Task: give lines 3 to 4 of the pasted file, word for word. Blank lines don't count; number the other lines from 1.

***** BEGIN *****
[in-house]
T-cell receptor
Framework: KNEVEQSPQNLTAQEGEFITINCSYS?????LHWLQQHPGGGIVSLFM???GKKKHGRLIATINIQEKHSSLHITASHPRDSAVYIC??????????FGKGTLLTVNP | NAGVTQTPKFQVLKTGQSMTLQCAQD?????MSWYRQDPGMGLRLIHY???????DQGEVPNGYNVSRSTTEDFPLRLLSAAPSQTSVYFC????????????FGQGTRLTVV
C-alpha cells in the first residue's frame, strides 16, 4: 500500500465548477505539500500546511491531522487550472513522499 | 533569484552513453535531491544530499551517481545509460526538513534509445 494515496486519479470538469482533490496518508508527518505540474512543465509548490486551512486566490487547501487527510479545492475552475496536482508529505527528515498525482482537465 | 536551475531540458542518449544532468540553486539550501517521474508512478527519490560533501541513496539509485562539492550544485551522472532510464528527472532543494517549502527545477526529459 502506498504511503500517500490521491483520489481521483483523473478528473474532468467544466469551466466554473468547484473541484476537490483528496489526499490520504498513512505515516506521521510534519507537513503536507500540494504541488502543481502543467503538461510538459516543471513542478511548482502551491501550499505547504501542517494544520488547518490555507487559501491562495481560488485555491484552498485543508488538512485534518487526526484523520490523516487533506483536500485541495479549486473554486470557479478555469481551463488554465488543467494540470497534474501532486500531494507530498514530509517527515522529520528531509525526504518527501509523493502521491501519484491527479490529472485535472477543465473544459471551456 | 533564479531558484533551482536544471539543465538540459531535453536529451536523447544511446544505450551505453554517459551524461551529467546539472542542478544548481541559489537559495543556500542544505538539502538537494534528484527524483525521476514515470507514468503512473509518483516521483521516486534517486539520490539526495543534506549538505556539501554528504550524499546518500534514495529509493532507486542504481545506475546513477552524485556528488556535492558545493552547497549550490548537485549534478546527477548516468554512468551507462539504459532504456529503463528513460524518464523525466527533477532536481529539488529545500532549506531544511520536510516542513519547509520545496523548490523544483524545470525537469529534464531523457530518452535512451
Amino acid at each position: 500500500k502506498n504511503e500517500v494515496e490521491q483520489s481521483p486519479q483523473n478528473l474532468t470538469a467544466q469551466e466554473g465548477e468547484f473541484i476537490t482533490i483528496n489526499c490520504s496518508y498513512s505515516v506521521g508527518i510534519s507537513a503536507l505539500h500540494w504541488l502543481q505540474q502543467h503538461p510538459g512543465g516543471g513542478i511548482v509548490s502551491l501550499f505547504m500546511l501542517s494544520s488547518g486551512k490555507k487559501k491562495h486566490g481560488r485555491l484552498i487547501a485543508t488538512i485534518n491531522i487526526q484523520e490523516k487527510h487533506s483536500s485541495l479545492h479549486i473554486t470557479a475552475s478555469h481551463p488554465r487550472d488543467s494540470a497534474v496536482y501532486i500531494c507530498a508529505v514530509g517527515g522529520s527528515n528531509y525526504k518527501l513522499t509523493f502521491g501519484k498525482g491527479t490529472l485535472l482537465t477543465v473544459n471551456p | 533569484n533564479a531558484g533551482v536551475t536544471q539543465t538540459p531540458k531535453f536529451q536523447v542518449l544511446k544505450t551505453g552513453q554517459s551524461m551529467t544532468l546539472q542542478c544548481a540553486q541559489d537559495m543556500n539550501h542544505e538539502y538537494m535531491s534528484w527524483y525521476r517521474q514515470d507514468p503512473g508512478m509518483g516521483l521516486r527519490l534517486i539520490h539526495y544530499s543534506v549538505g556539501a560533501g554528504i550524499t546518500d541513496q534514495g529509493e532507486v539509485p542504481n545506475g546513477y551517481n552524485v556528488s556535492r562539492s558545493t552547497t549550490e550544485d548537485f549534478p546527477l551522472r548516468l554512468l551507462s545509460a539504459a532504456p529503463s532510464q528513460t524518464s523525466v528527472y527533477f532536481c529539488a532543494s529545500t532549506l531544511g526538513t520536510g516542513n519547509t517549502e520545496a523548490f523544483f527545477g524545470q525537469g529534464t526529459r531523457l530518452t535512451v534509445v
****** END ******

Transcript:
Framework: KNEVEQSPQNLTAQEGEFITINCSYS?????LHWLQQHPGGGIVSLFM???GKKKHGRLIATINIQEKHSSLHITASHPRDSAVYIC??????????FGKGTLLTVNP | NAGVTQTPKFQVLKTGQSMTLQCAQD?????MSWYRQDPGMGLRLIHY???????DQGEVPNGYNVSRSTTEDFPLRLLSAAPSQTSVYFC????????????FGQGTRLTVV
C-alpha cells in the first residue's frame, strides 16, 4: 500500500465548477505539500500546511491531522487550472513522499 | 533569484552513453535531491544530499551517481545509460526538513534509445 494515496486519479470538469482533490496518508508527518505540474512543465509548490486551512486566490487547501487527510479545492475552475496536482508529505527528515498525482482537465 | 536551475531540458542518449544532468540553486539550501517521474508512478527519490560533501541513496539509485562539492550544485551522472532510464528527472532543494517549502527545477526529459 502506498504511503500517500490521491483520489481521483483523473478528473474532468467544466469551466466554473468547484473541484476537490483528496489526499490520504498513512505515516506521521510534519507537513503536507500540494504541488502543481502543467503538461510538459516543471513542478511548482502551491501550499505547504501542517494544520488547518490555507487559501491562495481560488485555491484552498485543508488538512485534518487526526484523520490523516487533506483536500485541495479549486473554486470557479478555469481551463488554465488543467494540470497534474501532486500531494507530498514530509517527515522529520528531509525526504518527501509523493502521491501519484491527479490529472485535472477543465473544459471551456 | 533564479531558484533551482536544471539543465538540459531535453536529451536523447544511446544505450551505453554517459551524461551529467546539472542542478544548481541559489537559495543556500542544505538539502538537494534528484527524483525521476514515470507514468503512473509518483516521483521516486534517486539520490539526495543534506549538505556539501554528504550524499546518500534514495529509493532507486542504481545506475546513477552524485556528488556535492558545493552547497549550490548537485549534478546527477548516468554512468551507462539504459532504456529503463528513460524518464523525466527533477532536481529539488529545500532549506531544511520536510516542513519547509520545496523548490523544483524545470525537469529534464531523457530518452535512451